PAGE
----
What you are saying is that, say, using a class to represent a texture (like in DirectX) is not as 'low-level' as how it's represented in OpenGL. And that just doesn't seem to make any sense whatsoever to me.

But that's a topic for API wars, I guess. :)
added on the 2003-04-24 18:55:02 by sagacity sagacity
alkama: can you give an explicit example of a trick/misuse/whatever, which is possible and useful in OpenGL, and not possible in Direct3D? I don't know what you mean.
added on the 2003-04-24 19:15:32 by Scali Scali
theres nothing that OGL does and that DX cant do, this wasn't my point, but for sure they're things that are easyer to do with OGL.

You want a simple exemple? Well, with OGL your engine dont have to handle objects of and external API;) That way, it's unable to be made deprecated by the motion of object through different versions of the same API. I can change the state of my ogl device without having to handle its accessibility from the point i do it;) I can have complex methods that alter lots of semantically different parts of the HW pipeline without having to make hundreds of objects accessible to this part of my engine. This apply to just everything in OGL, in the worst case you handle IDs.

well, now, lets stop talking about that, it's just a question of taste, you prefer DX, that's fine, it's not ashaming;) and this goes for OGL. There are no reasons to try to evangelise ppl to make them pray your god.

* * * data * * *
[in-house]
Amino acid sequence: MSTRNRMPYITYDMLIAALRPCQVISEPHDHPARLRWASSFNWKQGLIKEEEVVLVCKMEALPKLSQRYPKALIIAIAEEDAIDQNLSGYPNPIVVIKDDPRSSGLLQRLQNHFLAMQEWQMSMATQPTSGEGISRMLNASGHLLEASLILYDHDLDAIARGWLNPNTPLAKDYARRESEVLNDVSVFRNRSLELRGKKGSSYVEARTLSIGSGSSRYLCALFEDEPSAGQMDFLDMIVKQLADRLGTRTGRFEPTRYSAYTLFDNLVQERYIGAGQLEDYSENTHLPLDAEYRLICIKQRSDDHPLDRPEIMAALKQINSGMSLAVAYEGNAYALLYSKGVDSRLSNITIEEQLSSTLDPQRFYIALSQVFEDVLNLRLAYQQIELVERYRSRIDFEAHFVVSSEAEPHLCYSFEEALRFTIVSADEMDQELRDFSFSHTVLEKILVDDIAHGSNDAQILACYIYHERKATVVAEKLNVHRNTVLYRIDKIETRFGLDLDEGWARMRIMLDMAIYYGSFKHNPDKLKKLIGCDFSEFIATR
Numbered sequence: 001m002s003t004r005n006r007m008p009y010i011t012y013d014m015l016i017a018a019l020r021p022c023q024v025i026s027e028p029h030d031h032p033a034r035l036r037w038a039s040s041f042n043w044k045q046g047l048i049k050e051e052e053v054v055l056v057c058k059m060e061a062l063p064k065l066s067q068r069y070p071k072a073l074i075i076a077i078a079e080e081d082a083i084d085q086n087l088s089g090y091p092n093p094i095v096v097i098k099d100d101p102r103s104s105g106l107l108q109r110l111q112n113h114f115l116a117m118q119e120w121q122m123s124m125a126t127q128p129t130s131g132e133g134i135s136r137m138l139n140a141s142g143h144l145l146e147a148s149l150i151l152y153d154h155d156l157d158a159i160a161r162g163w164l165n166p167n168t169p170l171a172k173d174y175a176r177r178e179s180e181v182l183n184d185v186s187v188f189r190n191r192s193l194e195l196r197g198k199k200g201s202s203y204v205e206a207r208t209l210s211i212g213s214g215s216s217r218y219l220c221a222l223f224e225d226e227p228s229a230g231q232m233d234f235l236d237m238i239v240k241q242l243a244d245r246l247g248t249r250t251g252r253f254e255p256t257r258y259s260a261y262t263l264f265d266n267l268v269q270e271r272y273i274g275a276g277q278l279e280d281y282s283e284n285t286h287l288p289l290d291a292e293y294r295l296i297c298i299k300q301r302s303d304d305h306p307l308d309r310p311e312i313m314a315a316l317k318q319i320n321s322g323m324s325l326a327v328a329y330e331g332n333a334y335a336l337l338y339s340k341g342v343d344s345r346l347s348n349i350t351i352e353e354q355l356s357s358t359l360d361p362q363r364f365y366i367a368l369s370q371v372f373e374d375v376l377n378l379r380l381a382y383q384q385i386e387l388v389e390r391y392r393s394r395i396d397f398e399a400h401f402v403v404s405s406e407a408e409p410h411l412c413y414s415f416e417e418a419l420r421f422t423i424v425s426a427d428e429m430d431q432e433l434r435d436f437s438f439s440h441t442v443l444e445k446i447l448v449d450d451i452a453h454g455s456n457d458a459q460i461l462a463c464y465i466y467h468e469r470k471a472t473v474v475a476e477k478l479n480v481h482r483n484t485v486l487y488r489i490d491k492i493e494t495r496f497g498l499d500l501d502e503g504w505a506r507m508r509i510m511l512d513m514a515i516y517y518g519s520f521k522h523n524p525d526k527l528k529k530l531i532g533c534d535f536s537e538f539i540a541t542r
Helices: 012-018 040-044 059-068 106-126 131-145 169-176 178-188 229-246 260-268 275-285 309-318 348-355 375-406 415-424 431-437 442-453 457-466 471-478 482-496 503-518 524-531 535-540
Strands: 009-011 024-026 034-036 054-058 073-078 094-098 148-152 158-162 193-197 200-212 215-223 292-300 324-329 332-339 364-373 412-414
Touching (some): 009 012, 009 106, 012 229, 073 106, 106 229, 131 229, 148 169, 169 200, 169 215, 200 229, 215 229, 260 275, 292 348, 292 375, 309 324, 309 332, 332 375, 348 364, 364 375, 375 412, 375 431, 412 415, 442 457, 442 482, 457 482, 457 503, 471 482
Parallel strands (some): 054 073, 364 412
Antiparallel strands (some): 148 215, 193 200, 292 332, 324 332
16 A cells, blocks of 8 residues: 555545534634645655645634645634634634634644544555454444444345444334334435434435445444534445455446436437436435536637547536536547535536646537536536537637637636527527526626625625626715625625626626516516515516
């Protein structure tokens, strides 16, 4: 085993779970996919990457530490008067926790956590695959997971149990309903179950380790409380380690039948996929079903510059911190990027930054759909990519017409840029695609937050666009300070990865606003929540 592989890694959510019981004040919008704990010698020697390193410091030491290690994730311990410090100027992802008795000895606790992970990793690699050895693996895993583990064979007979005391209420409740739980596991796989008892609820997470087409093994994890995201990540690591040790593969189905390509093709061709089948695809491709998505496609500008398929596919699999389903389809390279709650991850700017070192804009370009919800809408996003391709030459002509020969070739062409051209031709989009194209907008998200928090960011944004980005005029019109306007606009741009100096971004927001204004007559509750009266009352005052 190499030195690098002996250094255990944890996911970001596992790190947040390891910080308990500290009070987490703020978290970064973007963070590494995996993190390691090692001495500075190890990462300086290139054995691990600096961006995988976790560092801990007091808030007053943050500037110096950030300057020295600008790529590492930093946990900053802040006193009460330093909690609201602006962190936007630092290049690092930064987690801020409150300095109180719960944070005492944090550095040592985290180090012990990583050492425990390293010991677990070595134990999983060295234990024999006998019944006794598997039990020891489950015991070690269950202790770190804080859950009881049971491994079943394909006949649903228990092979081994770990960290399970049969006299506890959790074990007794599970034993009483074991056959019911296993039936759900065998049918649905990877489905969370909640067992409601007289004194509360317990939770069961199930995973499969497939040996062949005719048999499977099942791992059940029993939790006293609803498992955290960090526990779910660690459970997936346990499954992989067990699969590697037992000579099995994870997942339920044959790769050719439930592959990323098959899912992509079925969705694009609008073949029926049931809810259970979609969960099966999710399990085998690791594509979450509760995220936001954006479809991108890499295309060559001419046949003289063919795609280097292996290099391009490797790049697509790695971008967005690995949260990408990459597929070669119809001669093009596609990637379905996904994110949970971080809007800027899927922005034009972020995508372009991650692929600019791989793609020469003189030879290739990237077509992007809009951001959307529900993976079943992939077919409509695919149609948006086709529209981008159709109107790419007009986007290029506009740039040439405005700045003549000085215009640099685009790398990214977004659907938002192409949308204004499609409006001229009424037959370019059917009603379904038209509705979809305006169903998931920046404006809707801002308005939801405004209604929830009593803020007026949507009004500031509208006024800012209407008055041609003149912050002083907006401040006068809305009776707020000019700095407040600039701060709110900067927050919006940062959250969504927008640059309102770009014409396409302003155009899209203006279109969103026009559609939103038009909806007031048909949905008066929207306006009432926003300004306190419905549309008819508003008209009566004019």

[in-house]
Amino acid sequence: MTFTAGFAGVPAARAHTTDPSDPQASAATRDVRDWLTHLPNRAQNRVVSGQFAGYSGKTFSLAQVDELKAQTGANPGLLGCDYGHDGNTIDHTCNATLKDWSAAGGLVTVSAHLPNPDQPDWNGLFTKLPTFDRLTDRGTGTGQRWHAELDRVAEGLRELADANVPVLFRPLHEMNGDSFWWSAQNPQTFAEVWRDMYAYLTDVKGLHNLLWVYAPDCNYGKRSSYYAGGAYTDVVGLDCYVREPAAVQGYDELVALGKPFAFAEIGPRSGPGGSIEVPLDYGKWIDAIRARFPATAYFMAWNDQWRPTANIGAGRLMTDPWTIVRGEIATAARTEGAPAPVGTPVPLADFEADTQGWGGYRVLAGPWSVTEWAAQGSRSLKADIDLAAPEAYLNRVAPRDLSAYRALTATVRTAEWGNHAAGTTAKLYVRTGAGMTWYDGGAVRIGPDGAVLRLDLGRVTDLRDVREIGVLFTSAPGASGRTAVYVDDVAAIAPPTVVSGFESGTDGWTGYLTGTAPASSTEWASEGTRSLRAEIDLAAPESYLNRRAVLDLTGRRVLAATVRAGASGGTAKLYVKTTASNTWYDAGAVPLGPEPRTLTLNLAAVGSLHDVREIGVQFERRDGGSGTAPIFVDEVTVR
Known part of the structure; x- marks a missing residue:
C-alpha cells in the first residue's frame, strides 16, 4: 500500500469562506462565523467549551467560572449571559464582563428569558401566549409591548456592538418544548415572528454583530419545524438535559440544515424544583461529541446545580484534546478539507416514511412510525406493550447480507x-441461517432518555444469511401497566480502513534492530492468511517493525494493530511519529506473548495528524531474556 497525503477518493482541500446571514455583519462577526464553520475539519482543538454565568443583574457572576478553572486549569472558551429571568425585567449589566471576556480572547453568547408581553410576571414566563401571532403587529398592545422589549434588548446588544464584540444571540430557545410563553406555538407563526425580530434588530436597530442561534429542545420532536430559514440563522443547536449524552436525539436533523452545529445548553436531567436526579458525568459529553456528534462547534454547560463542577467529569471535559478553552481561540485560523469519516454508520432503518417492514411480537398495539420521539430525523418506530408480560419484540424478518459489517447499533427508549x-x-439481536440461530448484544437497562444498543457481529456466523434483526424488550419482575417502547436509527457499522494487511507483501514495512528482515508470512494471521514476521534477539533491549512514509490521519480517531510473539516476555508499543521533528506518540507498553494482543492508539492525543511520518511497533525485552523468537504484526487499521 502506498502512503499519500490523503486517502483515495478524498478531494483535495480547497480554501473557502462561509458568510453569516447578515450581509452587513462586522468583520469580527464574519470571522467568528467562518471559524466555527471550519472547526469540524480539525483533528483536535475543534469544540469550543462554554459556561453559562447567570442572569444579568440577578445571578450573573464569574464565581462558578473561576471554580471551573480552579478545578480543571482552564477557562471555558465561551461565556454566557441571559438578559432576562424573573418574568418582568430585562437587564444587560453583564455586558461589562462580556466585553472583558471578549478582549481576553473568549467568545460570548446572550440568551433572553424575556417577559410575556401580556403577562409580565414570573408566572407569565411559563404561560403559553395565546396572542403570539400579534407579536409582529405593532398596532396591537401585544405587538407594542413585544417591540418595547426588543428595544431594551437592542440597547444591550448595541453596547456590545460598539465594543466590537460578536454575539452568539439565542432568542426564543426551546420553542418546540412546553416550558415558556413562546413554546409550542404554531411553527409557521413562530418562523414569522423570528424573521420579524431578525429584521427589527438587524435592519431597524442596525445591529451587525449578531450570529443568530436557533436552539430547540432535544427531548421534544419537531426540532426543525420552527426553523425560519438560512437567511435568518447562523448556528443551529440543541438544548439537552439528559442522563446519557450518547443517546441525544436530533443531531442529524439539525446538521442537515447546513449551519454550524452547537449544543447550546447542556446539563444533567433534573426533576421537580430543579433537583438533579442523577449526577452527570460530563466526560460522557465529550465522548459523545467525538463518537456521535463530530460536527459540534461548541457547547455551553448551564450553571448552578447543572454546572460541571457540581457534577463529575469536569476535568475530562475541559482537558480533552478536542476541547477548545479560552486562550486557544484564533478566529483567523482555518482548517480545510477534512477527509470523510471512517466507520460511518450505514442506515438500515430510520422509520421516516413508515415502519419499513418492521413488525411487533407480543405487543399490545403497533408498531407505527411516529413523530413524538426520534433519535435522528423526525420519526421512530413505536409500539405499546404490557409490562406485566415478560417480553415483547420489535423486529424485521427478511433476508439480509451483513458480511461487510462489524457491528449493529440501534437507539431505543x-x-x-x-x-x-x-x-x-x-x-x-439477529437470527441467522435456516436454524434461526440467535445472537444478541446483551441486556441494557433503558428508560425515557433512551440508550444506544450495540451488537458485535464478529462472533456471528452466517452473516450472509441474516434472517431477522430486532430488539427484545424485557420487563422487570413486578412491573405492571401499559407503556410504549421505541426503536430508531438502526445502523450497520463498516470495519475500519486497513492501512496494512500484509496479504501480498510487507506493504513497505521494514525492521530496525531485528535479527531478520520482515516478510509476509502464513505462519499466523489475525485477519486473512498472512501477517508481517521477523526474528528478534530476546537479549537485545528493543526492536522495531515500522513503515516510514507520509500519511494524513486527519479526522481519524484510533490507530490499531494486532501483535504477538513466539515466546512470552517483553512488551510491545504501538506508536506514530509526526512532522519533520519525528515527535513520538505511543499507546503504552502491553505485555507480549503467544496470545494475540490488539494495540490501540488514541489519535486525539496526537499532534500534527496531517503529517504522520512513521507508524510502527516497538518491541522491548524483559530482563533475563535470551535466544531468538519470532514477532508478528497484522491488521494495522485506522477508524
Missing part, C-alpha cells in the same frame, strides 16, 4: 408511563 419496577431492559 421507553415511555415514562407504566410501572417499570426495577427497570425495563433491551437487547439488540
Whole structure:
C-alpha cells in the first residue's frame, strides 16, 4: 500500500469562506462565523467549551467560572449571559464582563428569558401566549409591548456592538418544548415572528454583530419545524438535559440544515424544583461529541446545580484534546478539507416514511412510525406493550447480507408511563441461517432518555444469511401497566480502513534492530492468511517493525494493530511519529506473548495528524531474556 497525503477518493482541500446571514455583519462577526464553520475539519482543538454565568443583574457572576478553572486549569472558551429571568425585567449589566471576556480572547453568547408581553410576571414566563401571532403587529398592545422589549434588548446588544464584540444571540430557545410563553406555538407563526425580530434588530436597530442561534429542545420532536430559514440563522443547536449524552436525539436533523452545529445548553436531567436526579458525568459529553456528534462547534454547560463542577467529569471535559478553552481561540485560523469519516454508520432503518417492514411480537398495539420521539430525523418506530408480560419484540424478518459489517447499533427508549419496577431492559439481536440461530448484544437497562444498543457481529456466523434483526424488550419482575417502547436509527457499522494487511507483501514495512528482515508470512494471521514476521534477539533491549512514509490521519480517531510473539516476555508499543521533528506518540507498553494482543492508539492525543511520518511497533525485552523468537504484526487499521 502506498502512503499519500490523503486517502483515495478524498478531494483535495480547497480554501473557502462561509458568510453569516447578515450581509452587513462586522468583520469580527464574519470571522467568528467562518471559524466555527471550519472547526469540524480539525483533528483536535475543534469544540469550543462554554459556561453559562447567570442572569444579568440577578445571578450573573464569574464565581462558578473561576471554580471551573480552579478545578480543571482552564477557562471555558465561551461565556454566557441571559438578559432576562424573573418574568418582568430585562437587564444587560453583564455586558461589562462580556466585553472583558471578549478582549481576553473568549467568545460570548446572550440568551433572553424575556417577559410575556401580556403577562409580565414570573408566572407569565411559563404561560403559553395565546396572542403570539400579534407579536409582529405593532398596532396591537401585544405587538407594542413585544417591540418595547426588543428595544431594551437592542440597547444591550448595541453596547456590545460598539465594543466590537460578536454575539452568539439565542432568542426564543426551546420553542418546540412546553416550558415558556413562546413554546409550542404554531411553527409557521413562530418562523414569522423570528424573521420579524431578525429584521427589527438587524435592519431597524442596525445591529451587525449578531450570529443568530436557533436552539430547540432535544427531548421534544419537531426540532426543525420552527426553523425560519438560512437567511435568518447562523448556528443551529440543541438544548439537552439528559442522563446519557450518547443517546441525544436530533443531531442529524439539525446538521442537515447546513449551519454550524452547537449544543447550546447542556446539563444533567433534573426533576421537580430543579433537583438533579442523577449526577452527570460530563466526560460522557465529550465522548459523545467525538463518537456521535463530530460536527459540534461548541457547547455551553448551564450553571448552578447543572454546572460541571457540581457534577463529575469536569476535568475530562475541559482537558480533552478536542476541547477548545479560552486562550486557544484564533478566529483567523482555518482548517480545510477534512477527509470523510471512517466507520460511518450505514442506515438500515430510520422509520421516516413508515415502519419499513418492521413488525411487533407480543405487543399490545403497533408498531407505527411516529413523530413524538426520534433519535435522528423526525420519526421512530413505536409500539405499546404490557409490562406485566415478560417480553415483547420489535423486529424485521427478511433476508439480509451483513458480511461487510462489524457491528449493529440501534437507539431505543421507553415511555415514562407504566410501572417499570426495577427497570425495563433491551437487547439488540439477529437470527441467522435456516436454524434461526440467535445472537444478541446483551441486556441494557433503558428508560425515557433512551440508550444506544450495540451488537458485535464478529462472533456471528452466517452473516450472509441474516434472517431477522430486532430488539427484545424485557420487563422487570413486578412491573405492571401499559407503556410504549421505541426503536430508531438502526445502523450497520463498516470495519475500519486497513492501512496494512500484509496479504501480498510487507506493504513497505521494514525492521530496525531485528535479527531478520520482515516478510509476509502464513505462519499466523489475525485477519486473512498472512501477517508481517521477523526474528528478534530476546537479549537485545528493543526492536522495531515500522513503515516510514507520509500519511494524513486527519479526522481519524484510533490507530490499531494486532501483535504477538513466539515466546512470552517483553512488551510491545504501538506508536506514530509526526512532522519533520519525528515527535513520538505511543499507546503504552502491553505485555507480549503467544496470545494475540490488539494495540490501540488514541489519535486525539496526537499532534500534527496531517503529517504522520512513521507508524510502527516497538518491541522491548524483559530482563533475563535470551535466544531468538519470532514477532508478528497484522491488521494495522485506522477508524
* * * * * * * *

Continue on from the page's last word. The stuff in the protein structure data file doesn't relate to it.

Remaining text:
added on the 2003-04-25 00:29:54 by alkama alkama
i think someone learnt coding at school with UML \o/ and thereof really has no clue what object oriented programming really is. (hoho, this can be fun:)

question: is ogl less object oriented than d3d? what about the context shit or what they are called etc? arent ogl really TRYING to become OOP, just, they made in a dirty environment :)

alkama sucks (his french btw, and all french people are wussies, and bad at english, bad at c, bad at c++, bad at making demos, they even flame bad)
added on the 2003-04-25 01:37:25 by Hatikvah Hatikvah
if all that is true, I make you an honorary frenchman
added on the 2003-04-25 08:16:46 by _-_-__ _-_-__
Sorry to say, but please get a cookie and STFU
Stefan. i never knew you were french mate.
added on the 2003-04-25 11:08:17 by NoahR NoahR
Anyway, let's try to answer the original question.

The problem is lack of testing, in 95% of cases. The coder makes the demo run on his hardware, and he has no clue if the demo runs somewhere else. Unlike video game developpers, demo coders are amateur, which means they can't afford buying 15 video cards for testing their 3d engine and stuff.

added on the 2003-04-25 11:55:36 by nystep nystep
Hm, well if testing is the only problem, here is the solution:

Simply give your demo to other sceners/people you trust to test it on their computers. I'm pretty sure everybody here knows at least some people with computers. So go on, let them test your demo. If it works fine, good. If not, give them a debug version and see what's going wrong

But I seriously doubt that it's a problem of testing. As stated above, I guess it's a problem of the point of view. Some think it's ok, if the demo runs at least on one computer (the compo machine). Get the best out of it and win the compo.
But others like to give the scene something to enjoy...